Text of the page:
Tag Archives: classic cars

A Half Century and Still Running

Mustang 071

Today marks the 50th anniversary of the introduction of the Ford Mustang – the iconic vehicle that ushered in the modern age of the muscle car. Apparently, owning a Mustang is like chocolate, orchids, fine wine and back massages: once is never enough.

Admittedly, I’m not a Mustang fan, even though I have a model replica of the 1968 Steve McQueen “Bullitt” car. Few vehicles have been so heavily marketed in advance of their official introduction, or have created such an enduring mystique. It’s hard to imagine now, but at the time, the car cost $2,500. But, the advertising paid off: Ford sold 22,000 Mustangs the first day. By the end of 1964, they had sold 263,434.

Available in only two models – the coupe and the convertible – it had a 210-horsepower (no pun intended, 6-cylinder, V-8 engine, wall-to-wall carpeting, bucket front seats, a floor-mounted gear shift – all in about 180 inches in length. It’s definitely an icon, and even though, it’s endured a number of metamorphoses over the past half century, the Mustang is still – well – running strong.

A Mustang Prototype from 1962.

A Mustang Prototype from 1962.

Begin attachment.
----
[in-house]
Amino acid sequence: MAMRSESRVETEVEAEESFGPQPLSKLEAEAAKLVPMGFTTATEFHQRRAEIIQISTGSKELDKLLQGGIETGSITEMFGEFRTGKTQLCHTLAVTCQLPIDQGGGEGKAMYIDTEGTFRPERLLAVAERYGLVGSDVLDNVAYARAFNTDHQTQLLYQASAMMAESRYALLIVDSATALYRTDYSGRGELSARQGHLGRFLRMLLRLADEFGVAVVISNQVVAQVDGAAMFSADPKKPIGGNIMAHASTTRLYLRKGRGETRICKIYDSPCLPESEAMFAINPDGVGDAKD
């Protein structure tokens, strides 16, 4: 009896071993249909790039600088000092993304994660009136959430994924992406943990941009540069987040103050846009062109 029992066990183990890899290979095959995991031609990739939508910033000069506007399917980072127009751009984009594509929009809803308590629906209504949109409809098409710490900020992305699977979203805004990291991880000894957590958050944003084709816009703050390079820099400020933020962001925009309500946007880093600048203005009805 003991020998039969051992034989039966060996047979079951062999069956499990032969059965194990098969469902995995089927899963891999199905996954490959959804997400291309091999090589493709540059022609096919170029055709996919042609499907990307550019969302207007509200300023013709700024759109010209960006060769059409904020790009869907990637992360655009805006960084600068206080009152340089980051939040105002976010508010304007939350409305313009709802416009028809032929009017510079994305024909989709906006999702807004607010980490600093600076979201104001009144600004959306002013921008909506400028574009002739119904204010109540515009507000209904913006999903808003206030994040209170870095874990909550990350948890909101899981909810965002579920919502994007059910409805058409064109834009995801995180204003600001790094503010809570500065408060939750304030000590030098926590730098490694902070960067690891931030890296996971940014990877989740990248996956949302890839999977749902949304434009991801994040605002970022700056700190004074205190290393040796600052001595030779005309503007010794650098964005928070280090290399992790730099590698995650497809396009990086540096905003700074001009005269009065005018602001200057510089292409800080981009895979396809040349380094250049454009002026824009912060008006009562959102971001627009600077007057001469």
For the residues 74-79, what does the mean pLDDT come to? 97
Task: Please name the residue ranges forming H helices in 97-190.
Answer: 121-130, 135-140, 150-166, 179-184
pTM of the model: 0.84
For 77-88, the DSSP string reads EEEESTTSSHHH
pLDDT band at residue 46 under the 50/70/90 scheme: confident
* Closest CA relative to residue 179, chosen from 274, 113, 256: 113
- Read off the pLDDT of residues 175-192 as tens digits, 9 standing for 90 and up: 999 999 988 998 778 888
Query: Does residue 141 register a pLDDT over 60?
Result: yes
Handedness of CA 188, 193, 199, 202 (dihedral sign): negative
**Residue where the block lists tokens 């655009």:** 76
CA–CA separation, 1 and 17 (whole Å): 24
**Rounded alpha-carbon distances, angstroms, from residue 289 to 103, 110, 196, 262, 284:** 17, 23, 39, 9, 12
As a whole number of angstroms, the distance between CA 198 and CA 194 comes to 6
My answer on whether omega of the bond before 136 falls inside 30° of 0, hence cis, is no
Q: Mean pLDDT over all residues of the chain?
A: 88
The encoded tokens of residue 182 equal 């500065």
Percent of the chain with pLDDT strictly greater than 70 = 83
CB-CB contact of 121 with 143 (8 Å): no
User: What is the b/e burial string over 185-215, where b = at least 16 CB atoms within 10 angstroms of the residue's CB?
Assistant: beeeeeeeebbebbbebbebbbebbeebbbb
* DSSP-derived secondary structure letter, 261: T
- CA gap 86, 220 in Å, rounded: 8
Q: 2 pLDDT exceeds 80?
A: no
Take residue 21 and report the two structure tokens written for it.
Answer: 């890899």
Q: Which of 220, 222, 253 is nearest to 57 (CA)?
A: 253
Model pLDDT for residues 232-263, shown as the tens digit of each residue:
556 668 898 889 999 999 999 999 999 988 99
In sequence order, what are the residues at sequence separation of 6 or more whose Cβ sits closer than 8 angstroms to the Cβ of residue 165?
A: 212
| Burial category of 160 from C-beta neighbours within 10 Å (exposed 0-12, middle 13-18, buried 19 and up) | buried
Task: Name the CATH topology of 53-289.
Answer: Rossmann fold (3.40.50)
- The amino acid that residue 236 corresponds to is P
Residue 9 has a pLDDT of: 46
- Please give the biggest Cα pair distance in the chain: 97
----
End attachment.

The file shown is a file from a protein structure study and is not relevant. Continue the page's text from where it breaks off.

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The Corvette Turns 60

On this day in 1953, Chevrolet rolled out its newest model: the Corvette.  With its bold white body made entirely of fiberglass and a cherry red interior, the 2-seater convertible was a refreshing automotive innovation; a sharp departure from the growing gallery of massive family-oriented vehicles.  Unsure of its success, Chevrolet only manufactured 300 Corvettes; so few, in fact, that each of those models was built by hand.  Selling for $3,250 apiece, the Corvette model was the brainchild of Harley J. Earl who had gotten his start with his father’s business, Earl Automobile Works.  It became an instant hit.  An automotive enthusiast, I have several die-cast versions of Corvettes, including that first model like the one pictured below.  It’s an American original and a true contemporary legend.

Corvette Museum.



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